Elite Prep Schools Experiment With 'All-Gender' Dorms
In the hills of southern New Hampshire, there's a stately old bell atop the Academy Building at Phillips Exeter.
With each toll, it signals passing periods between classes. The sound of the bell — much like the rest of the sprawling prep school's campus — evokes centuries of tradition. But next year, the school is trying something new.
It's all happening in an inconspicuous wood-framed building: Kirtland House. Right now, Kirtland House is a girls' dorm, but a sign on the first-floor bathroom hints at the future. It reads: "gender-inclusive restroom."
Starting in the fall, this building will become one of Exeter's new all-gender dorms.
Schools across the country are figuring out how best to accommodate transgender students. And now two of the nation's oldest and most prestigious private boarding schools — Phillips Exeter Academy and Phillips Academy Andover — are taking on the issue of student housing.
The schools will convert some boys' dorms and girls' dorms into gender-neutral housing, breaking a long-standing practice of offering their high-school students only single-sex dorms.
Alex Myers, an English teacher at Exeter, says the discussion began almost two years ago when he started talking with a group of about a dozen transgender and gender-non-conforming students, asking questions like: "What's been great? And what needs work?"
"Consistently, what came up as 'what needs work' was housing," says Myers. "If you don't understand yourself to be a girl or a boy, living in a space that's designated just for boys or just for girls feels really uncomfortable."
Myers says the students had a clear vision: They wanted a dorm that didn't have a gender designation. Now, both Exeter and Andover, in neighboring Massachusetts, have committed to doing just that.
In Exeter's all-gender dorms, each of the 20-or-so students will get their own room. The bathrooms will still be communal, but there will be a bit more privacy — including changing areas off each shower.
Myers says everyone's first question is: Do you really want to take hormonal teenagers and mix them all together?
But, he says, as in the other dorms, there will be a teacher living in the house to keep an eye on everything and, here, they'll lead discussions about gender norms.
Myers says he wishes he could have lived in a dorm like that when he was a student at Exeter more than 20 years ago.
He arrived on campus as a young girl from Maine, but by 12th grade, Alice had become Alex. Yet, he lived in his same girls' dorm. And while he found the school supportive, "there were people in the dorm who were rude, for want of a better term."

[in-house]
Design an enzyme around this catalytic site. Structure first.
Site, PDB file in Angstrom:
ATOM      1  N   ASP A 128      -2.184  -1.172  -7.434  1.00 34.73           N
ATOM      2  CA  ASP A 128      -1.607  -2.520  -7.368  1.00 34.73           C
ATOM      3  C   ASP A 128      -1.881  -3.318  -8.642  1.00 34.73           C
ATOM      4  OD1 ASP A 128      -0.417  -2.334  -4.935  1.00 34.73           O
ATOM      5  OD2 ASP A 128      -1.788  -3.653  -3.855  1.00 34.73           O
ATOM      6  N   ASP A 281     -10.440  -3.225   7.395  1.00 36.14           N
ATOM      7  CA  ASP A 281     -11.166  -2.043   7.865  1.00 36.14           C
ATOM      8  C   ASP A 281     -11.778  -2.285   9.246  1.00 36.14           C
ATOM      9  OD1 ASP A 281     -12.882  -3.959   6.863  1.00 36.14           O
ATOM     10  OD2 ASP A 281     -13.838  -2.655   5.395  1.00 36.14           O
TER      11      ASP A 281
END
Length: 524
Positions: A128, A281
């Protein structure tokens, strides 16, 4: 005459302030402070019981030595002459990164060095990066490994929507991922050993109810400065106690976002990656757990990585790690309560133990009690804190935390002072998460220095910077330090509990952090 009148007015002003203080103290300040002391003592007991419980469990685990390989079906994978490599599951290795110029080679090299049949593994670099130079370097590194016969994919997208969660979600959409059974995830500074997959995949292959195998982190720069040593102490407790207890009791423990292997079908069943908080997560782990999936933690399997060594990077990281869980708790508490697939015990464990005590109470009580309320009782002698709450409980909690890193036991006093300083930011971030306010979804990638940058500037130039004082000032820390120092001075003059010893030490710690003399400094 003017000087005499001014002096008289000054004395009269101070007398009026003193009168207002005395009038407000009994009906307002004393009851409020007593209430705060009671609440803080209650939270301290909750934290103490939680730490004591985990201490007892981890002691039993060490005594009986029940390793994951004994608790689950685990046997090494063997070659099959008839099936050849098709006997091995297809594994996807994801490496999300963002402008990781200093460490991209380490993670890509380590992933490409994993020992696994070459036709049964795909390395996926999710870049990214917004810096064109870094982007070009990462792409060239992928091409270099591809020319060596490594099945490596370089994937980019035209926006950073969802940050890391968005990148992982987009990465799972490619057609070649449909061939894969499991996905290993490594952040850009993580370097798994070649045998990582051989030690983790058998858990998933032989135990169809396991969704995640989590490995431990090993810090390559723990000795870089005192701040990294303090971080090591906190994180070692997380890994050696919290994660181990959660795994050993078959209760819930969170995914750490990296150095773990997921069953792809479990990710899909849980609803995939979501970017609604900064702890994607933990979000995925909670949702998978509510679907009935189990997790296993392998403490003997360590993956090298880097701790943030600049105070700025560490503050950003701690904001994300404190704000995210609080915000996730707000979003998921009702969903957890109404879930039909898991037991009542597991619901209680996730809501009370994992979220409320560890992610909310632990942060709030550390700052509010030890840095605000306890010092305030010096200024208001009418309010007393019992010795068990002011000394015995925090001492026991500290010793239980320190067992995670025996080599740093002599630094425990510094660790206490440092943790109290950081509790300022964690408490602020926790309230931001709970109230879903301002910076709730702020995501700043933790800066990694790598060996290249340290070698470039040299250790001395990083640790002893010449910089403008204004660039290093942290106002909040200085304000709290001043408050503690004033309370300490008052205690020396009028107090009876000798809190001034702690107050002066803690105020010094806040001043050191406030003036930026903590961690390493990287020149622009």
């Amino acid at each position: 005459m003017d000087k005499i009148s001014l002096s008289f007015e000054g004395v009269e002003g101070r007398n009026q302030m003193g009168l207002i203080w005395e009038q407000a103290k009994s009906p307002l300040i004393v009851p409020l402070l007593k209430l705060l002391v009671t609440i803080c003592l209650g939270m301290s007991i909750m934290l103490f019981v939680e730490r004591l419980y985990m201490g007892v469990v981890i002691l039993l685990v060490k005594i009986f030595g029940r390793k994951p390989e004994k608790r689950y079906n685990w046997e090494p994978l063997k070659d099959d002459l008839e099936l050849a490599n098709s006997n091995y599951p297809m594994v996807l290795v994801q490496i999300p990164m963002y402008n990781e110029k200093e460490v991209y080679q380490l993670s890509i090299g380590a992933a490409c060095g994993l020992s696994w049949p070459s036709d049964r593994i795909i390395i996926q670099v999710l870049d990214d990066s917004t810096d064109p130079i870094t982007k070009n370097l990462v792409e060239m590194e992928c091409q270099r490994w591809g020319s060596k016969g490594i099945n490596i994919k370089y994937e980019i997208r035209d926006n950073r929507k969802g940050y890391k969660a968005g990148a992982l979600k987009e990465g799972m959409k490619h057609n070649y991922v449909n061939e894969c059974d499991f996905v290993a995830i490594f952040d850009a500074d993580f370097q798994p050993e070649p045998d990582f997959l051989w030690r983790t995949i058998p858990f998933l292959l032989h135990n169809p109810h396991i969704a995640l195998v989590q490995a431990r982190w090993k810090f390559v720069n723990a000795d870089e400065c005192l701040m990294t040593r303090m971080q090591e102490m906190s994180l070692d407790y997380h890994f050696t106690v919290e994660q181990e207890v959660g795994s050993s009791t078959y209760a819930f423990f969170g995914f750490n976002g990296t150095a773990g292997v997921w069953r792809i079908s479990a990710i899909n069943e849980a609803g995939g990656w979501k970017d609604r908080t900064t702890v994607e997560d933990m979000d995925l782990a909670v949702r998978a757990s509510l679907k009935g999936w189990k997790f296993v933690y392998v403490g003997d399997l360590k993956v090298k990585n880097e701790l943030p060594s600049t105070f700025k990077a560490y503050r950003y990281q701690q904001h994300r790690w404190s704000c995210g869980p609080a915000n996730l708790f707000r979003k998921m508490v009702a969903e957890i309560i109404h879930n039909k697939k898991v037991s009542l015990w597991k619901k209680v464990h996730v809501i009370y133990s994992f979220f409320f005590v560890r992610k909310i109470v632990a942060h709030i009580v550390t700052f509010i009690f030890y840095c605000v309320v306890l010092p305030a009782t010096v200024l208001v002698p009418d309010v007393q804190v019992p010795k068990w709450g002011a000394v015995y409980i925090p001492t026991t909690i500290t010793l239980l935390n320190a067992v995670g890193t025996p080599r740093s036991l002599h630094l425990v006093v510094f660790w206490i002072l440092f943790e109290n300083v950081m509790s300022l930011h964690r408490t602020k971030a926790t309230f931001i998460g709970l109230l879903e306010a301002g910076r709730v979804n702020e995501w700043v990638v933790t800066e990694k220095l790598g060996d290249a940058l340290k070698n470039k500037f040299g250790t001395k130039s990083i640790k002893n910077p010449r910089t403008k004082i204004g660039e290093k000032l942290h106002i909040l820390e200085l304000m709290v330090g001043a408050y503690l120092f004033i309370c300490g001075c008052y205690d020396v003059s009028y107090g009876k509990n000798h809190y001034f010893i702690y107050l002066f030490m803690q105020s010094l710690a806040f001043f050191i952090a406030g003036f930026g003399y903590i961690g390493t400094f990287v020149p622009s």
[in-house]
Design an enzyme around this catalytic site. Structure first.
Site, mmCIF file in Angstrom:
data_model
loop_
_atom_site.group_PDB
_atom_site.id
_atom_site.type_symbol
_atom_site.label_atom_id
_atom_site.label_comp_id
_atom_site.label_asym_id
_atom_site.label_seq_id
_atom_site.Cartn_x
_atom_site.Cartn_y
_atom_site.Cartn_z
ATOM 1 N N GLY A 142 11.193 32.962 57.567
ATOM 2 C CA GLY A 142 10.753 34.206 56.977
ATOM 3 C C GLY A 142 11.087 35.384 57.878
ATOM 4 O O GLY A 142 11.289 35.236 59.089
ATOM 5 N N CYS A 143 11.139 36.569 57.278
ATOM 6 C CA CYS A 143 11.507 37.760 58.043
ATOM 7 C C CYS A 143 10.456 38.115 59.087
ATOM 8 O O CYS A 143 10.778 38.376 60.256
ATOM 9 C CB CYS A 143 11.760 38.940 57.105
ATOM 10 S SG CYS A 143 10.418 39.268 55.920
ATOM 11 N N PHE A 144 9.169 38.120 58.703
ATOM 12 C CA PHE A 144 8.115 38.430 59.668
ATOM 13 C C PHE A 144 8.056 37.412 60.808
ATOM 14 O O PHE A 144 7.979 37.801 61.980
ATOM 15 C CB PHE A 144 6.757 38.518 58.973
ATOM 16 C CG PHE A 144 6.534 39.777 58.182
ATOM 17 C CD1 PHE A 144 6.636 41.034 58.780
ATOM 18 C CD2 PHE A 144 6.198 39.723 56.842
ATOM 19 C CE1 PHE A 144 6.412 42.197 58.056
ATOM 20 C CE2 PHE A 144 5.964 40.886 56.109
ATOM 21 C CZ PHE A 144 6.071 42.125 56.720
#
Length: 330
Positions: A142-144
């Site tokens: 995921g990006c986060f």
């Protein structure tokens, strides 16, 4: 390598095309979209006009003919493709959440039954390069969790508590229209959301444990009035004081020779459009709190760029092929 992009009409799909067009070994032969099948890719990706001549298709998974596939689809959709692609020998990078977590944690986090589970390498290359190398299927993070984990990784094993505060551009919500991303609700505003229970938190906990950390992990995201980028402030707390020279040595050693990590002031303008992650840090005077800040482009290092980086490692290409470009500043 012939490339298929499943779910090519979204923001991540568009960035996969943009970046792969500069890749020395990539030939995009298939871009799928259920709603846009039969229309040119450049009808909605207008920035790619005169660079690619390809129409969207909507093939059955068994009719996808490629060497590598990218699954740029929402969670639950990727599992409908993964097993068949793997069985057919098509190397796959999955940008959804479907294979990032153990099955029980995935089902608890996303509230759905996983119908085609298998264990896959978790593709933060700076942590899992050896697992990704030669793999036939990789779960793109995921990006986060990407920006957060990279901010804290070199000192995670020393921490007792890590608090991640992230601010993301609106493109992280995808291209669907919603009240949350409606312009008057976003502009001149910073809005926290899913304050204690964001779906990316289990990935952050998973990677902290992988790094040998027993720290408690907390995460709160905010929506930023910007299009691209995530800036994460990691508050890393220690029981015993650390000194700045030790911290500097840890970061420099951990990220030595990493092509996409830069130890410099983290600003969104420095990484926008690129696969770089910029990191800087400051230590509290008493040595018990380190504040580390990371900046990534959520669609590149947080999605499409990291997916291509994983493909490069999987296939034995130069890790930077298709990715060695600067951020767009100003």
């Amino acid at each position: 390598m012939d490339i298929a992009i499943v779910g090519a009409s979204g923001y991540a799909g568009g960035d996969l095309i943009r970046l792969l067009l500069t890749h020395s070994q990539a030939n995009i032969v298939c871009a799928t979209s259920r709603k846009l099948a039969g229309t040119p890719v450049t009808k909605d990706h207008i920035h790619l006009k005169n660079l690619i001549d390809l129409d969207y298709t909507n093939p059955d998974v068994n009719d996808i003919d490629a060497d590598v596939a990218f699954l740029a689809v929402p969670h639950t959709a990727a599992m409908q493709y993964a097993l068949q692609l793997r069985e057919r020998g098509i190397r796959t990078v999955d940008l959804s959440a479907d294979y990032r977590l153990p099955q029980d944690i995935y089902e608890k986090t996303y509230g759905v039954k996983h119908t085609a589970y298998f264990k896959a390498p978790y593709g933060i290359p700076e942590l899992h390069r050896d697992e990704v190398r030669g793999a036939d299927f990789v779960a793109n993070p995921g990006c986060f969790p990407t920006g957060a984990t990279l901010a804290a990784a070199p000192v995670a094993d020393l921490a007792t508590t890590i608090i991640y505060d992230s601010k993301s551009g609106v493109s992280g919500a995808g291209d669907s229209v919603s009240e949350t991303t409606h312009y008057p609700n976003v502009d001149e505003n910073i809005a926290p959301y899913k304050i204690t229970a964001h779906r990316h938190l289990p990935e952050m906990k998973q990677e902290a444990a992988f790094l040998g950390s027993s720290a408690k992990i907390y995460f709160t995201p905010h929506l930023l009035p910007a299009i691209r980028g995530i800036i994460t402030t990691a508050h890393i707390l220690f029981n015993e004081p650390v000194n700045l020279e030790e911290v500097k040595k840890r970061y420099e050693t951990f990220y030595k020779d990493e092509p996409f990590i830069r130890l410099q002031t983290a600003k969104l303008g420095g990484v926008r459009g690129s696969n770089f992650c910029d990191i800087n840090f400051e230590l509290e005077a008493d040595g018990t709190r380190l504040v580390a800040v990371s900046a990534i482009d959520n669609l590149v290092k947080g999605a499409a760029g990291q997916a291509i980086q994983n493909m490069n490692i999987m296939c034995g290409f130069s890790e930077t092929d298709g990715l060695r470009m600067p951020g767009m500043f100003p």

Myers was the first openly transgender student at Exeter and, for the past 21 years, the school has addressed housing issues on a case-by-case basis. The all-gender dorms are the first time the school has developed a housing policy to accommodate students who are transgender. There is an application process for any student who is interested and a channel for parental input.
While all-gender dorms may be appreciated by LGBT students and the straight students who have expressed interest, Myers acknowledges students in traditional dorms might miss out on getting to know those classmates. "That was something we talked about intensively: Are we kind of skimming off a population and taking diversity away from our dorms?"
Myers says the school decided that the very existence of gender-neutral dorms with carefully designed curriculum would serve as a model of how to openly address these issues.
John Palfrey is the head of school at Phillips Academy Andover. He says the dorms are consistent with the school's values.
"Our idea is to bring young people from all over the world, from all walks of life, from all backgrounds — and, frankly, from all gender and sexuality backgrounds. So I see this as entirely in keeping with our long tradition."
And, he says, there hasn't been any pushback. "The reaction to this announcement has been 100 percent positive."
Neither Andover nor Exeter would let students be interviewed about this topic. But Exeter did a survey, and Myers says nearly 90 percent of students who responded said they supported the new dorms.
For those who didn't, the reasons varied. Some said they liked the current system and didn't want it to change. Others said they don't think small groups should get special treatment.
And what about the alumni? By and large, they're excited.
"I am really glad the school is doing it," says John Foley, who graduated from Exeter in the 1960s. "I've found that sexuality is still not discussed very much. I think we just need to keep knocking those barriers down."
Liza Brecher, a more recent Exeter graduate, agrees. "I knew kids who got relentlessly hazed and bullied in their dorms. If they had had a safe place to go home to, that would have made all the difference."
"This is a very significant and positive step," says Exeter alum Chuck Goldberg. He remembers when — back in the '60s — gay students didn't feel comfortable coming out.
Now, he hopes the new dorms will make all students feel welcome.
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